Publication: Monitor Volume: 3 Issue: 202

A leading Kazan newspaper, Vechernyaya Kazan, has suggested that the Tatarstani leadership may have an ulterior motive for denouncing Russia’s new-format passports. There has been strong popular protest in Tatarstan over the fact that the documents are written only in Russian, sport the imperial Russian eagle on their covers, and contain no entry for "nationality." (See Monitor, October 27) Tatarstan’s parliament has suspended distribution of the offending documents throughout the republic. President Mintimer Shaimiev and parliament Speaker Vasily Likhachev, who represent Tatarstan in the upper house of the Russian parliament, have called for the issue to be referred to the Federation Council’s Committee on Federal and Interethnic Relations and have canvassed support from the leaders of other national republics, including Bashkortostan, Dagestan and Ingushetia. They have also received support from the Agrarian and "Russia’s Regions" factions in the lower house of the Russian parliament.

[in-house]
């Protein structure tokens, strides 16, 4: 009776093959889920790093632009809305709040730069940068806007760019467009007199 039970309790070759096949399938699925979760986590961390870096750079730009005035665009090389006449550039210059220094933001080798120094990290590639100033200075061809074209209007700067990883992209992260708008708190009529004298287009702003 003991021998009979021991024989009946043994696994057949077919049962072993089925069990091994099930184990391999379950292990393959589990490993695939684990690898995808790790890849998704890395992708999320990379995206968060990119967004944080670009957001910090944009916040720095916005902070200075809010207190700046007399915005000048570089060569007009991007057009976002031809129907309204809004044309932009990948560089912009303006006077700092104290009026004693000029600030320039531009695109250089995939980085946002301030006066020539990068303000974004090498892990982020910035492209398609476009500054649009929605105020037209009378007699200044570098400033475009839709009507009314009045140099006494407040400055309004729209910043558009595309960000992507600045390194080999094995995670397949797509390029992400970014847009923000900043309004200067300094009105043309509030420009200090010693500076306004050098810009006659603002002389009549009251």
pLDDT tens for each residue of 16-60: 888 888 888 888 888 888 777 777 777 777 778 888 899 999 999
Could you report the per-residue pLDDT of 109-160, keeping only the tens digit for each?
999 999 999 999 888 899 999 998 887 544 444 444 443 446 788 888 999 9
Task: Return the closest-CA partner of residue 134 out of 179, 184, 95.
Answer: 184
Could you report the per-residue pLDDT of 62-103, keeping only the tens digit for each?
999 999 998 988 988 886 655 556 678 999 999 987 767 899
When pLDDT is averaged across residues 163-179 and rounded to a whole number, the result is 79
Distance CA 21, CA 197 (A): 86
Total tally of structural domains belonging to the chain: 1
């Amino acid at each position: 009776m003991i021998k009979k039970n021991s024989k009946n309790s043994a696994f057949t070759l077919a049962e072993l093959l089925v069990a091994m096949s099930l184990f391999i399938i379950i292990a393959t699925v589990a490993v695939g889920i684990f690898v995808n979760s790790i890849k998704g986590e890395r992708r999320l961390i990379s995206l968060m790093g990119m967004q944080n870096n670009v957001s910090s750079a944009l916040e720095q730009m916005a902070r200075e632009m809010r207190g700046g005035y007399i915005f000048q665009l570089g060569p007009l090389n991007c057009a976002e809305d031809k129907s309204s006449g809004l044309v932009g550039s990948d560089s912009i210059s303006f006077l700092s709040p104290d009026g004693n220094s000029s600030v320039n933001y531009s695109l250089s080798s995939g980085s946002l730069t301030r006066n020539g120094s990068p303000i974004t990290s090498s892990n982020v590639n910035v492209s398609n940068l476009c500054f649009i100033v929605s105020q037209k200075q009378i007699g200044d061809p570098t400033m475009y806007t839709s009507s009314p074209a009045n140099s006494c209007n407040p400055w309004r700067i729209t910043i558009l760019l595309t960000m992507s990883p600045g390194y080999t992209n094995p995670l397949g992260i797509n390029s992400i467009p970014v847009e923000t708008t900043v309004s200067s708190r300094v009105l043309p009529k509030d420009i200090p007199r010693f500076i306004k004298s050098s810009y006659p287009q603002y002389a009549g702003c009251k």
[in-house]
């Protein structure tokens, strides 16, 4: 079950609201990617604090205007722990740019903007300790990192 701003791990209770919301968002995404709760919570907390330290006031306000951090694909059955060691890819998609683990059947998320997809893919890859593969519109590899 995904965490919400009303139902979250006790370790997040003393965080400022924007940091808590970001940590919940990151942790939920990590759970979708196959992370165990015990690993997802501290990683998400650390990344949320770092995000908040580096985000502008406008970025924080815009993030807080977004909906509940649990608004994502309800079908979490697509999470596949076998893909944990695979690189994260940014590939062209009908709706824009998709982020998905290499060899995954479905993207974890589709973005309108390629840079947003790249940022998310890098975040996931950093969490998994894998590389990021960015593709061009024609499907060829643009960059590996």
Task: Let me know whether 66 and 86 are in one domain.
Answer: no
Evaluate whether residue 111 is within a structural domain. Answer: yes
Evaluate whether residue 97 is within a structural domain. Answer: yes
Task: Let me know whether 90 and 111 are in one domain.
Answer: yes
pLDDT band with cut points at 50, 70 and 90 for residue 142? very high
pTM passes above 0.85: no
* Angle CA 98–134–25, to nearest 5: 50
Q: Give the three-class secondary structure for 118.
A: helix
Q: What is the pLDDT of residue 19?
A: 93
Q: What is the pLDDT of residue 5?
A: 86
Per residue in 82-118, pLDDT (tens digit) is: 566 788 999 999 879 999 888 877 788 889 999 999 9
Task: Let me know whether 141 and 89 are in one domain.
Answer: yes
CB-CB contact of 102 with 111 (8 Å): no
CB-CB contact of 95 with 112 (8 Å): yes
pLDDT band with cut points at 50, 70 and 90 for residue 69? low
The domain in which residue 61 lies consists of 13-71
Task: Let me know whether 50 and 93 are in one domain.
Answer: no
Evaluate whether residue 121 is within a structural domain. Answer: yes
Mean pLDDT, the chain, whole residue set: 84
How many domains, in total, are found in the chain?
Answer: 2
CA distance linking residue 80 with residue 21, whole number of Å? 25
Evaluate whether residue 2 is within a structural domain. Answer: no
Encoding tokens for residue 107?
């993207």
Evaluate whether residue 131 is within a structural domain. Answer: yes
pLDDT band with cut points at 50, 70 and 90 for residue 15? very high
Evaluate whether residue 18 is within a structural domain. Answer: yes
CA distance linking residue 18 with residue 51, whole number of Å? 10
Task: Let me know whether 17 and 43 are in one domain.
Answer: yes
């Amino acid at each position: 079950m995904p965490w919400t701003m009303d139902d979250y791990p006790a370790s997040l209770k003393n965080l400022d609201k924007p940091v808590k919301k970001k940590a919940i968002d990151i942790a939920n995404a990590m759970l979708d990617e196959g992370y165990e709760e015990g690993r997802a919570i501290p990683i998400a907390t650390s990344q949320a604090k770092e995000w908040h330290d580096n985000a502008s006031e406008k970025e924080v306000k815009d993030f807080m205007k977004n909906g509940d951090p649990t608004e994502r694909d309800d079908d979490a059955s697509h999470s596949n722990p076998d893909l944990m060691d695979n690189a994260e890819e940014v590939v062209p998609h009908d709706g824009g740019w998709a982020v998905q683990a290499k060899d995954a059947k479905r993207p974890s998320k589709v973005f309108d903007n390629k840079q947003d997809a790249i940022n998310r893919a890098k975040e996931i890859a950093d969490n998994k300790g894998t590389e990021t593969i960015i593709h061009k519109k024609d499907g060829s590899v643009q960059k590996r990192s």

The popular daily points out that Russia is in the middle of debating next year’s federal budget. Tatarstan is one of only a dozen Russian regions that pay more into the federal budget that they receive in subsidies. The newspaper suggests that the republic leadership may be draping itself in the Tatar flag to secure a bargaining chip in its negotiations over the budget with the federal government. (Vechernyaya Kazan, October 28)

Vechernyaya Kazan habitually takes a jaundiced view of government: it recently ran in its masthead the laconic aphorism: "Gosudarstvo — eto ne my, a nas." (Vechernyaya Kazan, August 5) Almost untranslatable into English, the words imply that the state doesn’t represent its citizens, it represses them.

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